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WALT DISNEY STUDIOS DISCOVER THE DISNEY STUDIOS was among the privileged few that got a chance to tour the Walt Disney Studios before the March 16 opening. And being the generous people that we are, we've decided to share the scoop. Our first impressions of these famous studios led to three general conclusions. First up, the idea to take us behind the scenes of the movie and television world was nothing short of a success. Secondly, the attractions last much longer than those at other parks. And to boot, these attractions are often in the form of shows with a good portion that is live. Let's follow the guide!


The Studio Tram Tour that leads to Catastrophe Canyon One enters the Walt Disney Studios through Studio 1, a large building with shops and restaurants that immediately sets the tone: over here, illusions and artifice are the order of the day: "You are going to discover what happens behind our screens" it all seems to be announcing.
And so what exactly goes on behind our TV screens? The Television Production Tour is an answer to this nagging question: the Disney Channel has installed a set for the live broadcast of Zapping Zone. Visitors have access to the part that viewers see on their screens as well as to what goes on behind the scenes on the set. One can see the production department at work and observe, for example, processes like the superimposition of an image on a blue screen.
We then leave on board a small train from the Studio Tram Tour station into a world of illusion. The first stop is the abyss of a canyon smack in the middle of the filming of a spectacular earthquake. Next, we go to a London devastated by some cataclysm, surrounded by parts of sets from different films...It all seems more real than reality itself! Except that here, the visitor is allowed to see the complex machinery that creates this illusion: more fake than artifice itself.
At the risk of bursting some bubbles, we have to reveal the painful reality: the spaceships that transport the heroes in Sci Fi films? Well, they are well and truly fake! For those still in doubt, take a trip to the Armageddon attraction that gives the illusion of lowering Captain Kirk and Ian Solo to the rank of bumper car chauffeurs.


The small Provencal town is the set for Moteurs...Actions As we said earlier, one of the strong points of the Studios is the duration of the shows and the fact that a good portion of them is live. If we were to create a coefficient of satisfaction based on the time spent waiting in line and the duration of the show, rest assured that it would be quite high. Two examples should suffice to illustrate this point: Moteurs...Actions and Art of Disney Animation. Here again, visitors have access to what goes on behind the scenes.
Moteurs...Actions! is a small Provencal town (a faithful cardboard replica of Villfranche-sur-Mer) with dingoes in cars, motorcycles and jet-skis that, under Rémy Julienne's guidance, indulge in high-flying stunts. The 3500-seat auditorium is the largest in the Disney complex: yet one more proof that we are not here for just any old show.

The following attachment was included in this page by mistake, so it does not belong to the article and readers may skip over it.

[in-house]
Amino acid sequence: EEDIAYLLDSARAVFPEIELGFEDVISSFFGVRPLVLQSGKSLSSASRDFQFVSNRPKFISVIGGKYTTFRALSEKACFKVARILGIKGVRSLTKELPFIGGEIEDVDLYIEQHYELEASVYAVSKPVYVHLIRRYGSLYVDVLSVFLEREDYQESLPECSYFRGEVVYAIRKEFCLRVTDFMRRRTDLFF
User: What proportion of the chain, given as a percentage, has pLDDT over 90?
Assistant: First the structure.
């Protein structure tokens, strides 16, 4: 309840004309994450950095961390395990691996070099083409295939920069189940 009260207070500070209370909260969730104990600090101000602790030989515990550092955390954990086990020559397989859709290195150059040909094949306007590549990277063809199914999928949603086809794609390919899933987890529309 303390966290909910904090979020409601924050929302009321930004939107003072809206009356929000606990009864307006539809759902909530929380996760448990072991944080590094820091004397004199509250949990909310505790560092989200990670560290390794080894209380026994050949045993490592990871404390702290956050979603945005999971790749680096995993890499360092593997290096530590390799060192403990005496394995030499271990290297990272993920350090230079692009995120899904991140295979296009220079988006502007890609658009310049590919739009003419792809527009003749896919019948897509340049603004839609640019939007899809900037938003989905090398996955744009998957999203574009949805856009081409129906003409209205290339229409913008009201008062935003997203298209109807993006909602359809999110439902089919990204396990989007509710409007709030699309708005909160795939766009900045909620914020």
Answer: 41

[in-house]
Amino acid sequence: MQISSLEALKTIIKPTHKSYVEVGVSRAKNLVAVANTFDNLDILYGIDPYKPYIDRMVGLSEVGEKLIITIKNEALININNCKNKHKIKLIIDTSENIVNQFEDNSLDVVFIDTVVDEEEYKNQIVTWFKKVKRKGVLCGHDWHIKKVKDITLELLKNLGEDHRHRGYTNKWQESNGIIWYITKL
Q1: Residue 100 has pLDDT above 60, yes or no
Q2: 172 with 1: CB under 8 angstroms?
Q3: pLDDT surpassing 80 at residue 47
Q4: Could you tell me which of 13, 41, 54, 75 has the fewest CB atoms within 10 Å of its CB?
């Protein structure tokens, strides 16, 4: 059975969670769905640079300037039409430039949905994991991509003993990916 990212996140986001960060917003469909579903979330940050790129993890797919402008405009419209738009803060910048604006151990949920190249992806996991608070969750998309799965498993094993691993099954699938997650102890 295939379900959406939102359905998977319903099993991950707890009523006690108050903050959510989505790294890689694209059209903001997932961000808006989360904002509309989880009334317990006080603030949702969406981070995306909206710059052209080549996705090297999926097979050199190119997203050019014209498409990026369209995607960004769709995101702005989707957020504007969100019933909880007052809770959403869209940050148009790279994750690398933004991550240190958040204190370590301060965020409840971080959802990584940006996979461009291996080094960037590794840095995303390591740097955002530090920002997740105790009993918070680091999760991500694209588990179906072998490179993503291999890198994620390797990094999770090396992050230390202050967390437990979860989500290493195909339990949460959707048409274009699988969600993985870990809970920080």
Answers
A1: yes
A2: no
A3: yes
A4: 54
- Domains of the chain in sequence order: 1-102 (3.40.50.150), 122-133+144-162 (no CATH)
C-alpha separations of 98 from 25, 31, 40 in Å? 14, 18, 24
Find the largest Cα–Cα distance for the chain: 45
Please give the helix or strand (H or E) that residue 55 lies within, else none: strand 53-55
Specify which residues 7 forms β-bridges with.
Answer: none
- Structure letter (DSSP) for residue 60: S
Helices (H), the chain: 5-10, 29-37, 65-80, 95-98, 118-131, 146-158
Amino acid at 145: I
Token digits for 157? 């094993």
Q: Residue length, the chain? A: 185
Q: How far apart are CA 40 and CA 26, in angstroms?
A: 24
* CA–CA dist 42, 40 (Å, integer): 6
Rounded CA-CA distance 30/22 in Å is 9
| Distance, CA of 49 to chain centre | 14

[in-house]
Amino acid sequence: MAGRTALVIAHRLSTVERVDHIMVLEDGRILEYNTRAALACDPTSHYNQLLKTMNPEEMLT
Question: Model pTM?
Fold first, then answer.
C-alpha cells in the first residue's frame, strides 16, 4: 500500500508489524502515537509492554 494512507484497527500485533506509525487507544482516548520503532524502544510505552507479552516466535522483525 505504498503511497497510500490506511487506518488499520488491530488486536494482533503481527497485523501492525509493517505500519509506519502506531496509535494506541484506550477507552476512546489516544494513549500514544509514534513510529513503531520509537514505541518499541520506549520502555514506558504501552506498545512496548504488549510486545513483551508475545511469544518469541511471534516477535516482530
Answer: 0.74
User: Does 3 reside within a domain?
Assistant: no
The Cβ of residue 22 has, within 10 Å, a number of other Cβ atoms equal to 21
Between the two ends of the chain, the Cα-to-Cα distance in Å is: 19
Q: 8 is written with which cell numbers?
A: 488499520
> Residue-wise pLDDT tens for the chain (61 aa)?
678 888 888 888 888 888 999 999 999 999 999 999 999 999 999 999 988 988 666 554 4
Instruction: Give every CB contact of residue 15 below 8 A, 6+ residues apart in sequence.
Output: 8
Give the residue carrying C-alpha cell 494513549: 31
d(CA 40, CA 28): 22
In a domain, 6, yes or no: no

As the title indicates, The Art of Disney Animation is devoted to animated film. It is divided into four rooms, offering the public a glimpse into the world of cartoons that has been Disney's hallmark. As one looks at the oldest forms of animation, one discovers that animated film has been around even before movies. And even though Disney is not the one who created animated film, he is nonetheless responsible for putting feeling into those little crayoned characters. A judicious montage of the most famous feature length cartoons from Disney is shown to convince the sceptical. But in order to move the audience, the choice of characters is most important. That is, anyhow, how a cartoonist in his workshop, engaged in a hilarious dialogue with one of his creations (the dragon in Mulan), explains things in the third part of our tour. The fourth and last room of this attraction is also the most interactive: we learn to draw characters and record sound effects.


The Fifties style façade of Cinémagique We've saved the best, or at least our favourites, for last. First of all, the Rock'n'Roller Coaster: this attraction, as suggested by its title, is closer to the world of Rock music than to that of film. It is also the only attraction (along with Les Tapis Volants(The Flying Carpets) for kids) to fall into the ride category. It is, in fact, a very good roller coaster ride. One begins the wait in a recording studio where the rock group Aerosmith is recording, to arrive just before boarding the ride, in a room with the ambiance of trashy nightclub or warehouse concert hall. The cars start at top speed-and that is one of the most exciting features of this ride-and travel the crazy rails complete with loops and tailspins at the speed of a hard-rocker's riff.
But our personal favourite remains Cinémagique. Those behind the concept for this attraction have succeeded, in a manner that is spectacular and not without poetry, in capturing the fluid frontiers between cinematic fiction and reality. If one were to designate an inspiration for the idea behind Cinémagique it would undoubtedly be Woody Allen. Indeed, Cinémagique seems to echo the idea behind The Purple Rose of Cairo: an actor is literally jumps out of the screen and joins the audience, blurring the distinction between fiction and reality. But we don't want to reveal too much and spoil the surprise. Suffice it to say that the montage takes you on a fabulous voyage across the history and genres of film, from Méliès to James Cameron, from romance expressionism to film catastrophe. A nod to the country hosting the park, French film is also present in this evocation of the Seventh Art: Mickey and his friends haven't forgotten that they've moved to the country of the Lumière Brothers.



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